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Article updated: January 2019
The General Data Protection Regulation (GDPR) was enforced on May 25 2018.
The purpose of the GDPR is to:
“…harmonize data privacy laws across Europe, to protect and empower all EU citizens’ data privacy and to reshape the way organizations across the region approach data privacy.”
The maximum penalty for breaching GDPR on or after the enforcement date are fines up to 4% of annual global turnover or €20 million (whichever is greater).
For businesses using visitor management apps/software, here are some key things you need to know:
Make sure you are only collecting the bare minimum of data for operational purposes. Be specific and transparent about how this data will be used so that every site visitor understands how and why their information is being collected.
Don’t “remember” visitor information by default without explicit consent. Of course, some people will want their information saved if they are regularly visiting your site – just make sure visitors can voluntarily opt in to have their data saved for next time. Additionally, only keep records for as long as is absolutely necessary.
Data subjects may withdraw their consent for you to hold their data at any time, but note that the subject’s rights may be measured against “the public interest in the availability of the data”.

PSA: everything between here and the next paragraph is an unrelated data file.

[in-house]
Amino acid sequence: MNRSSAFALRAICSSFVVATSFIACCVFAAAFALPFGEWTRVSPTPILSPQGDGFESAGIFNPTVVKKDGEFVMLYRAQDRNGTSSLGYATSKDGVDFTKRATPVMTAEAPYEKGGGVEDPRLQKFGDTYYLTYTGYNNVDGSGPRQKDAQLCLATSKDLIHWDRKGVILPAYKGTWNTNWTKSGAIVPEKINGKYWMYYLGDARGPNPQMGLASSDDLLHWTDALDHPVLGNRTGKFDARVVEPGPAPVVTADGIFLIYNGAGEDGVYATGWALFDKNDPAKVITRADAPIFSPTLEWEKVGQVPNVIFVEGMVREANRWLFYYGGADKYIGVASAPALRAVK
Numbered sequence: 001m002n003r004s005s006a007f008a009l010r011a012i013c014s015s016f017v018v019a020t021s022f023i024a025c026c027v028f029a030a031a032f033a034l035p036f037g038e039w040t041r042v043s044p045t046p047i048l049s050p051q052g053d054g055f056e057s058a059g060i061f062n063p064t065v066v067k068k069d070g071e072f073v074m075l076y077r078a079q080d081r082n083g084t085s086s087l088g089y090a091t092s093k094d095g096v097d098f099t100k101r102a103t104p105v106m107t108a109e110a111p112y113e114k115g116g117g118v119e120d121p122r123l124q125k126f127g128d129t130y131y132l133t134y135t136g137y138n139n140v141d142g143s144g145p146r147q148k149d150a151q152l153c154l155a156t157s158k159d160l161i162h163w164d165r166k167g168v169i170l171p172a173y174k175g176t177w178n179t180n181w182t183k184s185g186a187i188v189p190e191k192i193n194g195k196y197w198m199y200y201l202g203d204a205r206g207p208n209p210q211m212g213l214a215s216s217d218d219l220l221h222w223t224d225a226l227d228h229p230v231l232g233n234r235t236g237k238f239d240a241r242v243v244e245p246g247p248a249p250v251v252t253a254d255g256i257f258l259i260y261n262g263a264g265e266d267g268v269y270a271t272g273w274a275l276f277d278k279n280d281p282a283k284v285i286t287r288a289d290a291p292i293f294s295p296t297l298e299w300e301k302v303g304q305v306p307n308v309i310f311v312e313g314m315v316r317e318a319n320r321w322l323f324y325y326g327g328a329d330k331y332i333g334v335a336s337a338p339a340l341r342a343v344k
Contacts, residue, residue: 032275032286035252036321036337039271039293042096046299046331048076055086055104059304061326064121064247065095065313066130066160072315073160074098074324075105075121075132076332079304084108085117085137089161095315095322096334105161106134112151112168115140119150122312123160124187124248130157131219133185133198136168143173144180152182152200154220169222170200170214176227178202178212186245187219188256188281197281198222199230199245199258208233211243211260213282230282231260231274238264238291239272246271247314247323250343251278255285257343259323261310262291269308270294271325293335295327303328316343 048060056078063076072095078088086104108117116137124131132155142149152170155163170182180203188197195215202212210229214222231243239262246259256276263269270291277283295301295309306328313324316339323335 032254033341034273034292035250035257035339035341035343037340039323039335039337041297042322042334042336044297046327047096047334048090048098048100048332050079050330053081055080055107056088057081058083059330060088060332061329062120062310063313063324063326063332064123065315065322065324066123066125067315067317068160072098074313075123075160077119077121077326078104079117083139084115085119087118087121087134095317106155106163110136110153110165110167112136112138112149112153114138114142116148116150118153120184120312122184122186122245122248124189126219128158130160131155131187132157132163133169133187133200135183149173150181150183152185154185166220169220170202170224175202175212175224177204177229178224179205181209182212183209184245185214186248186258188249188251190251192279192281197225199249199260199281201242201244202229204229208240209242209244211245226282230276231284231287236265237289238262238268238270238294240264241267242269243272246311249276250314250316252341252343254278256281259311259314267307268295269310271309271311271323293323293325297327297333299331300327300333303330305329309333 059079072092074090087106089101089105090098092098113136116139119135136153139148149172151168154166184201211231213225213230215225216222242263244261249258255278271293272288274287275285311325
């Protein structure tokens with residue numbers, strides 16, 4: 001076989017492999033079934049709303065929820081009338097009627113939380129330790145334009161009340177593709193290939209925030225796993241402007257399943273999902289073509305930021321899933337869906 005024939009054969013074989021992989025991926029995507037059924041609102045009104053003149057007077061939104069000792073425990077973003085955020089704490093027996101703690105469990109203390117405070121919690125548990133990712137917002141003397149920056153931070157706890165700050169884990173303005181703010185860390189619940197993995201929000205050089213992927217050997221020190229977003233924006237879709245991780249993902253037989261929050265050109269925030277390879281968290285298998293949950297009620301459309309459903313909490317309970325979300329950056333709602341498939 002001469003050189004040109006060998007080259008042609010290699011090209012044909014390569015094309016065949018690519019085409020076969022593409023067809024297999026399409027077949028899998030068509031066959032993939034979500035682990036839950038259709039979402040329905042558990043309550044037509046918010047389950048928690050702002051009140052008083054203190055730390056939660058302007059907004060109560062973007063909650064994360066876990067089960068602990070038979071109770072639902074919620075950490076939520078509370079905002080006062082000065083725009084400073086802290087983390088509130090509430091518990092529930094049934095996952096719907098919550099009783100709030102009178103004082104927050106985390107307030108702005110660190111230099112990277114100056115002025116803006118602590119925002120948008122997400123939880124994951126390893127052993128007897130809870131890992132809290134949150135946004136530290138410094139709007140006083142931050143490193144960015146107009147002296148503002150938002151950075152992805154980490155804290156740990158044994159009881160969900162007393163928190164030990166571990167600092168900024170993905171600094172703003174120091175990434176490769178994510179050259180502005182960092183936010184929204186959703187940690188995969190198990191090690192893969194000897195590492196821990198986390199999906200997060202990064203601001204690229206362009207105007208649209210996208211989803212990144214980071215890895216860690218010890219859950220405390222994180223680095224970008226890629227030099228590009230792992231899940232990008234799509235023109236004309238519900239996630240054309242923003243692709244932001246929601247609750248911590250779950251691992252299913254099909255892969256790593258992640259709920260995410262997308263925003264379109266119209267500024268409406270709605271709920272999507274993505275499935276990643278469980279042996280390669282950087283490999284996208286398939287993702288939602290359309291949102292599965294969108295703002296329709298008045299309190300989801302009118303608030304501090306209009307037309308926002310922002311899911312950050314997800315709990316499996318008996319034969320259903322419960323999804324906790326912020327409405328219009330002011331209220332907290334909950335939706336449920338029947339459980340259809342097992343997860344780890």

Data Processors (e.g. WhosOnLocation) and Data Controllers (e.g. WhosOnLocation customers) must both appoint a DPO. The DPO must be appointed on the basis of professional qualities such as expert knowledge on data protection law and practices.
WhosOnLocation has been working through an incredibly thorough process to ensure that our software provides features that enable our customers (Data Controllers) to be GDPR compliant.
Some of these features will include:
As a Data Processor, WhosOnLocation must also notify our customers of a data breach “without undue delay”.
Are you processing the data of EU citizens or offering a product or service in the EU? Are you using third party vendors to process or collect any kind of personal data? Make sure your vendors are GDPR compliant. You will also need to have a legal expert review your privacy, data collection and data processing policies.
To read about the key changes implemented in May, visit the EU GDPR FAQ page.